Clinical and Genetic Characteristics in Young, Glucocorticoid-Naive Boys With Duchenne Muscular Dystrophy

Neurology. 2022 Jan 24;98(4):e390-e401. doi: 10.1212/WNL.0000000000013122.


Background and objectives: Duchenne muscular dystrophy (DMD) is a pediatric neuromuscular disorder caused by mutations in the dystrophin gene. Genotype-phenotype associations have been examined in glucocorticoid-treated boys, but there are few data on the young glucocorticoid-naive DMD population. A sample of young glucocorticoid-naive DMD boys is described, and genotype-phenotype associations are investigated.

Methods: Screening and baseline data were collected for all the participants in the Finding the Optimum Corticosteroid Regime for Duchenne Muscular Dystrophy (FOR-DMD) study, an international, multicenter, randomized, double-blind, clinical trial comparing 3 glucocorticoid regimens in glucocorticoid-naive, genetically confirmed boys with DMD between 4 and <8 years of age.

Results: One hundred ninety-six boys were recruited. The mean ± SD age at randomization was 5.8 ± 1.0 years. The predominant mutation type was out-of-frame deletions (67.4%, 130 of 193), of which 68.5% (89 of 130) were amenable to exon skipping. The most frequent mutations were deletions amenable to exon 51 skipping (13.0%, 25 of 193). Stop codon mutations accounted for 10.4% (20 of 193). The mean age at first parental concerns was 29.8 ± 18.7 months; the mean age at genetic diagnosis was 53.9 ± 21.9 months; and the mean diagnostic delay was 25.9 ± 18.2 months. The mean diagnostic delay for boys diagnosed after an incidental finding of isolated hyperCKemia (n = 19) was 6.4 ± 7.4 months. The mean ages at independent walking and talking in sentences were 17.1 ± 4.2 and 29.0 ± 10.7 months, respectively. Median height percentiles were below the 25th percentile regardless of age group. No genotype-phenotype associations were identified expect for boys with exon 8 skippable deletions, who had better performance on time to walk/run 10 m (p = 0.02) compared to boys with deletions not amenable to skipping.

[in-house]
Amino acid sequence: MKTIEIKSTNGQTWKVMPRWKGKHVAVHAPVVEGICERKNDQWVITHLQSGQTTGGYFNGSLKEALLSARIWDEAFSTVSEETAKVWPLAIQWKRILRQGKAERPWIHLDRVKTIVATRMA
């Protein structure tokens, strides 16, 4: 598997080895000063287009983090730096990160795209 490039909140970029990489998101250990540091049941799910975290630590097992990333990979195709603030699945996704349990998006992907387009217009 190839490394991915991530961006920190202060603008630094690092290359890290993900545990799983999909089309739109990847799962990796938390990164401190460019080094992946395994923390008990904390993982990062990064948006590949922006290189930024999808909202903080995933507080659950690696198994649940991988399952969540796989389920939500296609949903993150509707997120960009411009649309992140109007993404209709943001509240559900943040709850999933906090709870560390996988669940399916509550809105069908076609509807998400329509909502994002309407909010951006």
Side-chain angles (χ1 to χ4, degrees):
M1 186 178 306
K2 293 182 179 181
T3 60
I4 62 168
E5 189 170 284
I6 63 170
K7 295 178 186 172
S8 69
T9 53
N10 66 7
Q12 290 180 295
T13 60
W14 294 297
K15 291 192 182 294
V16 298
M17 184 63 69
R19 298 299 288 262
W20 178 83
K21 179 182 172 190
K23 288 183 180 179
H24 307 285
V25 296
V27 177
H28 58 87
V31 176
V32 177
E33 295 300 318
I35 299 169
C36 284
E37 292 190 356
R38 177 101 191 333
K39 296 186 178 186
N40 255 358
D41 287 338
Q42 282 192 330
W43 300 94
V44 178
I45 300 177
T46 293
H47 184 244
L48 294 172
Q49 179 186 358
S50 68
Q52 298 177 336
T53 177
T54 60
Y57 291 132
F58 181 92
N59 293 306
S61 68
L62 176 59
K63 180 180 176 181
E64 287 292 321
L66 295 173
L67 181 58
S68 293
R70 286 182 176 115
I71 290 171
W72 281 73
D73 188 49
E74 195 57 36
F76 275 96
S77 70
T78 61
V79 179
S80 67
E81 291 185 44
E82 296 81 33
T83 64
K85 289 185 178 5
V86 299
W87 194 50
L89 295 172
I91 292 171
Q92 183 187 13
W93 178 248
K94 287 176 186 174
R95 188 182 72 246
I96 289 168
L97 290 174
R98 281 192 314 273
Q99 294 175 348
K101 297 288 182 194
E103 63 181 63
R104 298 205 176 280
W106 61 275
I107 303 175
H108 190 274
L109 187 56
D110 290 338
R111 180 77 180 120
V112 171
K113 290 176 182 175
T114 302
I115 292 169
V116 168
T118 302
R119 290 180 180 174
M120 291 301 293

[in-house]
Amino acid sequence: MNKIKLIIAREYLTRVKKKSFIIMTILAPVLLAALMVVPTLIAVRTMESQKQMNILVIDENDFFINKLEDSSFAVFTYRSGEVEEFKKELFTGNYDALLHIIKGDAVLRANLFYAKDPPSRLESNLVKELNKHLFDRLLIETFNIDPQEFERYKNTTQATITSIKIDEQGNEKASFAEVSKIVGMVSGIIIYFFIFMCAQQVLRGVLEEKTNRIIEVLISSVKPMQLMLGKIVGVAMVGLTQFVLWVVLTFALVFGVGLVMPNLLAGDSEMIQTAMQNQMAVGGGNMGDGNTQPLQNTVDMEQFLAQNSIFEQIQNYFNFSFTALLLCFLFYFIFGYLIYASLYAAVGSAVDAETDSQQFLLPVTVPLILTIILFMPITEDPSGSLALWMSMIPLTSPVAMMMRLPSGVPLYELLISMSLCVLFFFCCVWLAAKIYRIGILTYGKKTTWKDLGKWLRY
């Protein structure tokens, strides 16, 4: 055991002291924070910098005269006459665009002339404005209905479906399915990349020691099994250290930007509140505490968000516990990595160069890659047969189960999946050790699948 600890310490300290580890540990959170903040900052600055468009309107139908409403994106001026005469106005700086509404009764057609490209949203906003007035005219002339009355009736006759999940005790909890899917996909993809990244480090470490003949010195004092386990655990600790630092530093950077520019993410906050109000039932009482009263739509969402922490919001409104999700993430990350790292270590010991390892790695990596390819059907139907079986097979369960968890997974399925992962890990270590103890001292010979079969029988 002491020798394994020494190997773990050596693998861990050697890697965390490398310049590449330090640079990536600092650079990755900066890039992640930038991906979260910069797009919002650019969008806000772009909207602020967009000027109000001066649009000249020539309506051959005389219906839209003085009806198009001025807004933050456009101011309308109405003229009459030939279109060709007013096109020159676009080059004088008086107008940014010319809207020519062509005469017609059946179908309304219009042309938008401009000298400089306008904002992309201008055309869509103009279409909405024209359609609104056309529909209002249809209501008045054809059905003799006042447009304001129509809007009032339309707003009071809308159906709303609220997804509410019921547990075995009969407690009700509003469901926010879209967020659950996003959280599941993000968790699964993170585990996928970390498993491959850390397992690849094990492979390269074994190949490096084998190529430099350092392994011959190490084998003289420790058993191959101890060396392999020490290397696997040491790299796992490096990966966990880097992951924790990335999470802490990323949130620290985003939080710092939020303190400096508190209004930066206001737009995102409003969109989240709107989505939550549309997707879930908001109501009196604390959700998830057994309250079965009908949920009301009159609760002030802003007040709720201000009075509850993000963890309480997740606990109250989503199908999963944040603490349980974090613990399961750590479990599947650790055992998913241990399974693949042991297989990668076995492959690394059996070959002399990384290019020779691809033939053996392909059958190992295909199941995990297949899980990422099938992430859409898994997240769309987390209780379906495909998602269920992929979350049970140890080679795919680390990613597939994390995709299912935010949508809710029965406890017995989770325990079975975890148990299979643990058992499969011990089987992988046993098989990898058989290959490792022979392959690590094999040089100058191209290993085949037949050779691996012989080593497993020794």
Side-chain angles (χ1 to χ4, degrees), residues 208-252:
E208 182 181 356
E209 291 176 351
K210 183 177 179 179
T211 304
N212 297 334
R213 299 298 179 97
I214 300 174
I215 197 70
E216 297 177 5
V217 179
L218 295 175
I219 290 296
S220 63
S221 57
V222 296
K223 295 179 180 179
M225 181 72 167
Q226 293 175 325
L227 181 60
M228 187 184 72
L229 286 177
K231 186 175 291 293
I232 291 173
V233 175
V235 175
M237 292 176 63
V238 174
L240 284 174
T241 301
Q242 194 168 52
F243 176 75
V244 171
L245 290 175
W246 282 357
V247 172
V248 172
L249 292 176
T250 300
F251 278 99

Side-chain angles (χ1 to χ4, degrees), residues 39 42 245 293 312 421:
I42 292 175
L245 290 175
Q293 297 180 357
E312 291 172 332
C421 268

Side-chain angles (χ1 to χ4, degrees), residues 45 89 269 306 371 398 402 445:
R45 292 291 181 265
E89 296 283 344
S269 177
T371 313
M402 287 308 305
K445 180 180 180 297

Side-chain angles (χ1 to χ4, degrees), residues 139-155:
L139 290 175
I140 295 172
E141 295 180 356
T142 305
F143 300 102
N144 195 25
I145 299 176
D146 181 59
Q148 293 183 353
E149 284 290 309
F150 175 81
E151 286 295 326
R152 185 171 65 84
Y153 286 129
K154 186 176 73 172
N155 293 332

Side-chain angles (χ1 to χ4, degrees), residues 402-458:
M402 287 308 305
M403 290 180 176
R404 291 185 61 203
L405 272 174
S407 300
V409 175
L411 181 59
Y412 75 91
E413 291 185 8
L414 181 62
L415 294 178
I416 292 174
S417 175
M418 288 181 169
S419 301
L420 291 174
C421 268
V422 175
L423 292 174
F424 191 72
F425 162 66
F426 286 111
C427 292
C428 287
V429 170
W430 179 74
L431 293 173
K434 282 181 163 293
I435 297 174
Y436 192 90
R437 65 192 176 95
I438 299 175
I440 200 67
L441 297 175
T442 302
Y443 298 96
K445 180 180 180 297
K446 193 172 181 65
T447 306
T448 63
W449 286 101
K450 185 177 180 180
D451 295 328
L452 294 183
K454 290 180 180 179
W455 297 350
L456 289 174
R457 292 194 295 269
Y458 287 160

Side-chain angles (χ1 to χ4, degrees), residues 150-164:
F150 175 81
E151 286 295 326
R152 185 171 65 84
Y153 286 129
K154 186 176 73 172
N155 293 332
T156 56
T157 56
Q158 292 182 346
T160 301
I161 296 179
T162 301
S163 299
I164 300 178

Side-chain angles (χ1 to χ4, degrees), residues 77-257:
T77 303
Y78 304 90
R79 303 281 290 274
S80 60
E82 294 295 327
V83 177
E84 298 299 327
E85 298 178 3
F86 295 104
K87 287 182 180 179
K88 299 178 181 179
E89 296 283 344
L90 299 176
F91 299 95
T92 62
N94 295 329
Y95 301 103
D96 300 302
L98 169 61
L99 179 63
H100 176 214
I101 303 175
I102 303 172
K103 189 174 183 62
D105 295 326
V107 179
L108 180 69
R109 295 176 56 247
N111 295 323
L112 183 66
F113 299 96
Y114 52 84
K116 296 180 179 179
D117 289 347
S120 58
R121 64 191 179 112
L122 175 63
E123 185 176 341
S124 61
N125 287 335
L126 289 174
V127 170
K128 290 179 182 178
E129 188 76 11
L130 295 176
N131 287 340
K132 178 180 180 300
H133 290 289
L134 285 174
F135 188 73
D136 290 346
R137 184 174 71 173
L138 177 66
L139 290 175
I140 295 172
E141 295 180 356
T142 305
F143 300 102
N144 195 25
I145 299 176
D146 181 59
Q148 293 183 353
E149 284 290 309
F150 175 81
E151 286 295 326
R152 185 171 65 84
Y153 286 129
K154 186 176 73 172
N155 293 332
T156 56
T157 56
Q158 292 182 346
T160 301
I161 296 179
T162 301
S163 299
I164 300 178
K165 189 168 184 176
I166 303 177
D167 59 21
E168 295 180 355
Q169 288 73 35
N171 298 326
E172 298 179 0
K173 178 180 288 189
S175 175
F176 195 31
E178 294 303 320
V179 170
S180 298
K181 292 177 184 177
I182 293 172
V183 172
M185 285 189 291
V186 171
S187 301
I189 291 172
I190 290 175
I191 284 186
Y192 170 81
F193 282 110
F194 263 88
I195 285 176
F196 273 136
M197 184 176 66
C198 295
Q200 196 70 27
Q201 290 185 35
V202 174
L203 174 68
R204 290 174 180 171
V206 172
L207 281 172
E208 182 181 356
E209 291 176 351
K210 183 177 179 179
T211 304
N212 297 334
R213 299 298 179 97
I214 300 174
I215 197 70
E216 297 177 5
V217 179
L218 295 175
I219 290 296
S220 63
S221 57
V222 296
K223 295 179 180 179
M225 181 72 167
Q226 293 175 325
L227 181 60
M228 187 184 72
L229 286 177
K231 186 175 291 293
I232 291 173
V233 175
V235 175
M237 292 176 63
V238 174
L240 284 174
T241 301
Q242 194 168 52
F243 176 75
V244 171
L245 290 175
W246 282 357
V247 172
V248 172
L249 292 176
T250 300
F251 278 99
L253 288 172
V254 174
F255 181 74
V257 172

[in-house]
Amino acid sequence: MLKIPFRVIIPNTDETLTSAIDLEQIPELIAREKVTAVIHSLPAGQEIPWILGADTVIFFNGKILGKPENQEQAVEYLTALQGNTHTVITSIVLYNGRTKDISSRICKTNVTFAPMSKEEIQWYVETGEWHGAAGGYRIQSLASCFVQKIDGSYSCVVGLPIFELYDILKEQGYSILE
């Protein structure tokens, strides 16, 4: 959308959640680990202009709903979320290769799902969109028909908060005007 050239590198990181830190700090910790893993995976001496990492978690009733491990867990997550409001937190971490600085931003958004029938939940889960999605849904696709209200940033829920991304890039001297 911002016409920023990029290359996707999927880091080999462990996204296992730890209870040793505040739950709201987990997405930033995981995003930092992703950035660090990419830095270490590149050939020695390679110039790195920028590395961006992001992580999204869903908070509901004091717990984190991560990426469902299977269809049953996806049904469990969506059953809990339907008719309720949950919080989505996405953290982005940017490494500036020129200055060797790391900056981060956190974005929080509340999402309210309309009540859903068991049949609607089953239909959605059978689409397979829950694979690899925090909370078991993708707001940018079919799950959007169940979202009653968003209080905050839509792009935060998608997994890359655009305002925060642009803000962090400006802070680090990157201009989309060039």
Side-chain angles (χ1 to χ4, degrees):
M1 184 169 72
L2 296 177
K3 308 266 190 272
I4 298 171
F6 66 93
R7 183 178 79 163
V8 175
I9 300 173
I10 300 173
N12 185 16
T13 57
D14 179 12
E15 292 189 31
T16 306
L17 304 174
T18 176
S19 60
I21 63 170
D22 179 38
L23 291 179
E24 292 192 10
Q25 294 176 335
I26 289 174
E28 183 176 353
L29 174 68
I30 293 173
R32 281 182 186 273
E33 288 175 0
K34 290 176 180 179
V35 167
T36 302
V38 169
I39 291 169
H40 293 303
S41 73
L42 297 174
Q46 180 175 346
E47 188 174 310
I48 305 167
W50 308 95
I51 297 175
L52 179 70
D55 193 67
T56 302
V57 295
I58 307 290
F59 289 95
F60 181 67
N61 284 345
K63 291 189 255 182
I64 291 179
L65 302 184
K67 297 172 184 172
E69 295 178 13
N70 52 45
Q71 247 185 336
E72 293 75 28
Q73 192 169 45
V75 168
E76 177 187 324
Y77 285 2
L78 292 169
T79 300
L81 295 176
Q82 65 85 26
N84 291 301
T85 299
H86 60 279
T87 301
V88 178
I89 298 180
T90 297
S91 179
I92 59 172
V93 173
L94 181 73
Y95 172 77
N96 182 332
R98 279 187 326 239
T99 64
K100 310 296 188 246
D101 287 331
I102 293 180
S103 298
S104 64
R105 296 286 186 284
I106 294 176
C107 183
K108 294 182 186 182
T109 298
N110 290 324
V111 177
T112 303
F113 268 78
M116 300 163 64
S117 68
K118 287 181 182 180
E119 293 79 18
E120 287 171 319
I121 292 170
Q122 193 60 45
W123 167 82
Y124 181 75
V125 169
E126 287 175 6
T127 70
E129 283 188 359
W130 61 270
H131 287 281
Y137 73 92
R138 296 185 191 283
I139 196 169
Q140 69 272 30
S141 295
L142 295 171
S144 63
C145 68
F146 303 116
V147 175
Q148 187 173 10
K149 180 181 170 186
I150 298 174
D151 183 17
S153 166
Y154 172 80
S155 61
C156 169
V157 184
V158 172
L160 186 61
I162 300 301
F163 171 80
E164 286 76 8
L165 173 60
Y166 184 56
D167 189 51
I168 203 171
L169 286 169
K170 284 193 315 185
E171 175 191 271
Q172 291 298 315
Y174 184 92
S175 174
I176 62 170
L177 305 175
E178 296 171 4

Discussion: This study describes clinical and genetic characteristics of a sample of young glucocorticoid-naive boys with DMD. A low threshold for creatine kinase testing can lead to an earlier diagnosis. Motor and speech delays were common presenting symptoms. The effects of low pretreatment height on growth and adult height require further study. These findings may promote earlier recognition of DMD and inform study design for future clinical trials. TRIAL REGISTRATION INFORMATION: Identifier: NCT01603407.

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